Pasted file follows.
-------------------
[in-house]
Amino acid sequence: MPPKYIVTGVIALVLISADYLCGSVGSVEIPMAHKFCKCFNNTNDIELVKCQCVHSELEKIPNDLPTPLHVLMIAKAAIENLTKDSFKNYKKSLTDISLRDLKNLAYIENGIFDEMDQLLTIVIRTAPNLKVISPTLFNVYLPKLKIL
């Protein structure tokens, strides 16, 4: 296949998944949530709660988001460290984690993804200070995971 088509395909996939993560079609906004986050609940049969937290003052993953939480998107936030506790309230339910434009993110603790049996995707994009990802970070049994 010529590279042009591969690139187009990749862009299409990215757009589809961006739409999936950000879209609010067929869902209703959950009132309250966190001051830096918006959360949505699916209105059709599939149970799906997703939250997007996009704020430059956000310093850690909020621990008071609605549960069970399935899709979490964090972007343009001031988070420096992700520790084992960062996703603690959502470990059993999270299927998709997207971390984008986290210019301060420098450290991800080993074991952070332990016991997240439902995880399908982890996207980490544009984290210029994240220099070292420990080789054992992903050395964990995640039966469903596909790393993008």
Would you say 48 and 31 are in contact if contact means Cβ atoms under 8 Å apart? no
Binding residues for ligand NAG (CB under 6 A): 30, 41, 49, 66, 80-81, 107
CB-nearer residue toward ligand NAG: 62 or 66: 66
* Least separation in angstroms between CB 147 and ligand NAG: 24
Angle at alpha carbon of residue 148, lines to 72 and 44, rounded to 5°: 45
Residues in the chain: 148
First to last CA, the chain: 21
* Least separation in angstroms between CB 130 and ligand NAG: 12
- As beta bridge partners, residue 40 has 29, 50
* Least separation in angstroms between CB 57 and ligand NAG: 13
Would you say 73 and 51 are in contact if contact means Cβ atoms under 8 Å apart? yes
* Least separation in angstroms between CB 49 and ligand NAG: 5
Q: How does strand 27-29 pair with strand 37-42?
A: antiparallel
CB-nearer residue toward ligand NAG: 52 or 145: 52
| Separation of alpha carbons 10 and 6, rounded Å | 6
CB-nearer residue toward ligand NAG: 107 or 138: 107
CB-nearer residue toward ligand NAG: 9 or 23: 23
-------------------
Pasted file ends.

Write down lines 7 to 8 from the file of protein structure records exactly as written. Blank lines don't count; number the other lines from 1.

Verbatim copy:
* Least separation in angstroms between CB 147 and ligand NAG: 24
Angle at alpha carbon of residue 148, lines to 72 and 44, rounded to 5°: 45